But Arafat's announcement notwithstanding, the Palestinians are unlikely to throw in the towel in their new intifada. For one thing, it remains an open question whether Arafat's political authority is still sufficient to force the rank and file of his own Fatah organization, let alone the religious militants of Hamas and Islamic Jihad, to comply. But some Israeli leaders believe Arafat's gesture may be a political maneuver, and it's not hard to see why: For the past quarter century, Arafat's primary theater of operations has not been the Palestinian street or the guerrilla training camp, but the diplomatic arena. And read as a diplomatic gambit, his public call for restraint may actually increase the political pressure on the Israelis.
The Kalashnikovs and homemade bombs of the Palestinian militiamen are no match for the high-tech weaponry Israel has shown increasing willingness to use in this battle to defend its presence in the West Bank and Gaza. But war, as Clausewitz famously noted, is the continuation of politics by other means and the Palestinians' military disadvantages in a guerrilla confrontation of the type emerging in recent weeks are compensated for by certain political advantages. The clashes that have claimed more than 230 Palestinian and 24 Israeli lives in the past two months are occurring primarily in territory occupied by Israel since 1967 territory in which Israel's continued presence has very little legitimacy in the eyes of the international community.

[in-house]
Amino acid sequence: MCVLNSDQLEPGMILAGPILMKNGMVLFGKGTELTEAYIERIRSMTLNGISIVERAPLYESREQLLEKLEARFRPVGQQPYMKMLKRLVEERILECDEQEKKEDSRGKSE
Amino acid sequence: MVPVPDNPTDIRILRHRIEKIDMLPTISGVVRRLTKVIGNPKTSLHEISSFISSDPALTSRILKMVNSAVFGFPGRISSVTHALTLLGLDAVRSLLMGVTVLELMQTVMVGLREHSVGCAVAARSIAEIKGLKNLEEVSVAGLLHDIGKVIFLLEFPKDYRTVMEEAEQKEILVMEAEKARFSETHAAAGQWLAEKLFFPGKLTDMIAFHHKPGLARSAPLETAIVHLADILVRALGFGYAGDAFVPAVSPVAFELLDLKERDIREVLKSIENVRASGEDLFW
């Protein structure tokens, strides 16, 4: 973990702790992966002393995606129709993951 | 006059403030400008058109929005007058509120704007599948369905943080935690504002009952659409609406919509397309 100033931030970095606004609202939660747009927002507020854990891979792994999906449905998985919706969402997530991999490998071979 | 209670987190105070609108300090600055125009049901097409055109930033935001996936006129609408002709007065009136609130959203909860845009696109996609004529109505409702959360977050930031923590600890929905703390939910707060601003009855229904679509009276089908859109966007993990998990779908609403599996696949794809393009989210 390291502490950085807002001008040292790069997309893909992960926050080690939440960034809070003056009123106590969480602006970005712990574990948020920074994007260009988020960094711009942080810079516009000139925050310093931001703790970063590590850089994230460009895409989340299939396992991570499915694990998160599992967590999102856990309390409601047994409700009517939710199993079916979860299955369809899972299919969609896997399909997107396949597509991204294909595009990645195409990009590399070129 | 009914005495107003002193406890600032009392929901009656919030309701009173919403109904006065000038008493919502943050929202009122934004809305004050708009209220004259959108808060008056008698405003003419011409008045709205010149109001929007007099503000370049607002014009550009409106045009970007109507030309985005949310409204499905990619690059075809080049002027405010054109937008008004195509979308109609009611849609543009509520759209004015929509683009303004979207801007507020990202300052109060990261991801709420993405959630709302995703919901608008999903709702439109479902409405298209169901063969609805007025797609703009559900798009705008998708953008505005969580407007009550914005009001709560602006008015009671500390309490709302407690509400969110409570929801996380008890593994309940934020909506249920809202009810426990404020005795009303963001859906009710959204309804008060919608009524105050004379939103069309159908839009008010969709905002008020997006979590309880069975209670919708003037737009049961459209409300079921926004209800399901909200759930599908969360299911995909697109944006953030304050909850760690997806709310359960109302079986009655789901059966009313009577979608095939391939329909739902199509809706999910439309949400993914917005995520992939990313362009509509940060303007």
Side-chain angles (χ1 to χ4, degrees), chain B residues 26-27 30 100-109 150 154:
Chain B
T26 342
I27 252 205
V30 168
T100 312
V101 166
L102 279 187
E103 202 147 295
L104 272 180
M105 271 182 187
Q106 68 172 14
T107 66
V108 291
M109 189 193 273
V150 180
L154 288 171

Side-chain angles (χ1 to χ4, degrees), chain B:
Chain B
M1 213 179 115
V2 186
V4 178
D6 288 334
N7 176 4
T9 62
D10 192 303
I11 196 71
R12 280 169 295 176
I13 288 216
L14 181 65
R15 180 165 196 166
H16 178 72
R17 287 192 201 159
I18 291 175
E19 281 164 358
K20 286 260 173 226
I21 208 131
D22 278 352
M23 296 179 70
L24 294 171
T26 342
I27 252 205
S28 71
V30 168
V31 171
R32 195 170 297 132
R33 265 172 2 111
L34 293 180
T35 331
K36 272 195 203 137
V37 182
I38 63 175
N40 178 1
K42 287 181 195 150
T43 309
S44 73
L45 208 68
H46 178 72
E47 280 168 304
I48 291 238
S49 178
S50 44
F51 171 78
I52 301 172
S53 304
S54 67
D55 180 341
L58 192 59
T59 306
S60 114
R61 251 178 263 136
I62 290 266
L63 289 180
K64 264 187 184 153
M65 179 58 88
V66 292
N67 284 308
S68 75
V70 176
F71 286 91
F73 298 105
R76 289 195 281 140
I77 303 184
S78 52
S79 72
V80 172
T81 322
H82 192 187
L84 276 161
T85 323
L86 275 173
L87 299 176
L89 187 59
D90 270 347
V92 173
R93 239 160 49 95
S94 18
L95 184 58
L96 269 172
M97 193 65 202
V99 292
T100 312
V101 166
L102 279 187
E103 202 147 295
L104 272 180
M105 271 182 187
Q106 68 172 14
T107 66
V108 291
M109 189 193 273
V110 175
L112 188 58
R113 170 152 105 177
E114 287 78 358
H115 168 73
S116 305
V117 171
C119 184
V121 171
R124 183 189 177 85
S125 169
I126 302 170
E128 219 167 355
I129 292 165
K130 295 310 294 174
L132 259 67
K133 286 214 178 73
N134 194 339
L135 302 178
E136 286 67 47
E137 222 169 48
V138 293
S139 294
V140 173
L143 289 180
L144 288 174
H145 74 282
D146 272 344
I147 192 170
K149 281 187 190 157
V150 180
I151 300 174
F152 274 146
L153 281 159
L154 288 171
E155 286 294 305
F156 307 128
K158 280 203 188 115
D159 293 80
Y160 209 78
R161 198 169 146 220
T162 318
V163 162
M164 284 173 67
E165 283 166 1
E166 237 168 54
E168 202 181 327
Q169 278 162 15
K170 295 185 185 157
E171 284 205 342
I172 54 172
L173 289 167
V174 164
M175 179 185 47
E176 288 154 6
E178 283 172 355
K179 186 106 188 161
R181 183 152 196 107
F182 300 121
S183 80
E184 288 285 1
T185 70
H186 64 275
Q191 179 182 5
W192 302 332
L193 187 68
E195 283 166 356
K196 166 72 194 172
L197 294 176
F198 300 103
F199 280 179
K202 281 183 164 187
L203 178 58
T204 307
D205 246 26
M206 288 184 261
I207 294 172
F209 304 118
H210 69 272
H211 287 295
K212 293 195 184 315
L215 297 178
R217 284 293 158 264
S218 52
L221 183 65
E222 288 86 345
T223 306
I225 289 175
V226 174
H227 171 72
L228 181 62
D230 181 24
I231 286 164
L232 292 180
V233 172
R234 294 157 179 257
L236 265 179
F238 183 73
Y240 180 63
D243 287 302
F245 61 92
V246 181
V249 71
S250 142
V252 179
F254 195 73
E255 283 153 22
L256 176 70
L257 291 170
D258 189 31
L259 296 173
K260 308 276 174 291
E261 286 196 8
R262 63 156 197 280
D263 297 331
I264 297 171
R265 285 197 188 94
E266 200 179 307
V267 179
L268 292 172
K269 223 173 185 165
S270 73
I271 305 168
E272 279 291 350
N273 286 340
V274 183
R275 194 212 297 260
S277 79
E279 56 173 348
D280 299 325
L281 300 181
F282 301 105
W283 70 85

The scale of Israel's response is bound to increase international pressure to withdraw from the West Bank and Gaza, or accept the presence of an international force to protect the Palestinians. That may tempt some Palestinian militia leaders to pursue the strategy used by the Kosovo Liberation Army small-scale guerrilla attacks that eventually provoked the Serbs into committing high-profile massacres such as the one at Racak, which helped build the pressure for NATO intervention. Of course the situation in the West Bank is substantially different, but the temptation to mimic the KLA strategy will no doubt arise. An Israeli missile on Thursday killed a German resident who'd been trying to help an injured neighbor in the Palestinian neighborhood of Beit Jalla, during a firefight between gunmen hiding in the neighborhood and Israeli forces in Gilo, an adjacent Jewish neighborhood built on land confiscated from Beit Jalla. A joint Israeli-German investigation of the circumstances surrounding Harald Fischer's death is unlikely to mute European criticism of Israel's methods or calls for an international presence.
Growing Palestinian casualties will also increase pressure on the neighboring Arab regimes to take a harder line against Israel than they have up to now, and potentially even raise the pressure on the next U.S. administration to take a more critical stance. But the key component of a protracted guerrilla warfare strategy on the Palestinian side would be the "Lebanon" effect": the assumption that, as in Lebanon, the Israeli public will eventually tire of sustaining even a relatively low level of continuous casualties simply to protect settlements and outposts deep inside Palestinian territory.
Arafat and Barak are both talking about peace, and how to revive it. But on the ground, the reality remains war. But whether at the peace table or in the dusty streets, the question they're trying to settle is who rules the West Bank and Gaza.